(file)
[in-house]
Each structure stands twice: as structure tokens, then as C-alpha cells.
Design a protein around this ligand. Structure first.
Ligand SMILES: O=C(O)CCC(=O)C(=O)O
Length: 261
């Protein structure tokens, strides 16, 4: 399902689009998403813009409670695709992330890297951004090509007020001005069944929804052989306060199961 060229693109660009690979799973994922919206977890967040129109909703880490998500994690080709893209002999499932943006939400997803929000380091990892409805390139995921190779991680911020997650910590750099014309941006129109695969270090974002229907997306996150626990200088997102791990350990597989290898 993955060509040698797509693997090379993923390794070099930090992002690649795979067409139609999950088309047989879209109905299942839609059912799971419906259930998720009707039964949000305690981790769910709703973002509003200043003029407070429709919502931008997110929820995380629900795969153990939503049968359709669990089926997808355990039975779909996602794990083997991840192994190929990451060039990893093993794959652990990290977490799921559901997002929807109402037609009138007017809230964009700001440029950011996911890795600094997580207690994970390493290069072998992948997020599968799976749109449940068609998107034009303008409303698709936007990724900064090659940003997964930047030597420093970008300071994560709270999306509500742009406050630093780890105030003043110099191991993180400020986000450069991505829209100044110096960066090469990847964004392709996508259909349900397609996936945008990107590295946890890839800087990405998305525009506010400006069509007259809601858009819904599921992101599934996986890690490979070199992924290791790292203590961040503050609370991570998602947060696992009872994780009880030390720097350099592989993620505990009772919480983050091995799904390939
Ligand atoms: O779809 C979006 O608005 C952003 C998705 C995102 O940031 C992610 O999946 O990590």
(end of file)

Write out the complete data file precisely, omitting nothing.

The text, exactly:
[in-house]
Each structure stands twice: as structure tokens, then as C-alpha cells.
Design a protein around this ligand. Structure first.
Ligand SMILES: O=C(O)CCC(=O)C(=O)O
Length: 261
């Protein structure tokens, strides 16, 4: 399902689009998403813009409670695709992330890297951004090509007020001005069944929804052989306060199961 060229693109660009690979799973994922919206977890967040129109909703880490998500994690080709893209002999499932943006939400997803929000380091990892409805390139995921190779991680911020997650910590750099014309941006129109695969270090974002229907997306996150626990200088997102791990350990597989290898 993955060509040698797509693997090379993923390794070099930090992002690649795979067409139609999950088309047989879209109905299942839609059912799971419906259930998720009707039964949000305690981790769910709703973002509003200043003029407070429709919502931008997110929820995380629900795969153990939503049968359709669990089926997808355990039975779909996602794990083997991840192994190929990451060039990893093993794959652990990290977490799921559901997002929807109402037609009138007017809230964009700001440029950011996911890795600094997580207690994970390493290069072998992948997020599968799976749109449940068609998107034009303008409303698709936007990724900064090659940003997964930047030597420093970008300071994560709270999306509500742009406050630093780890105030003043110099191991993180400020986000450069991505829209100044110096960066090469990847964004392709996508259909349900397609996936945008990107590295946890890839800087990405998305525009506010400006069509007259809601858009819904599921992101599934996986890690490979070199992924290791790292203590961040503050609370991570998602947060696992009872994780009880030390720097350099592989993620505990009772919480983050091995799904390939
Ligand atoms: O779809 C979006 O608005 C952003 C998705 C995102 O940031 C992610 O999946 O990590």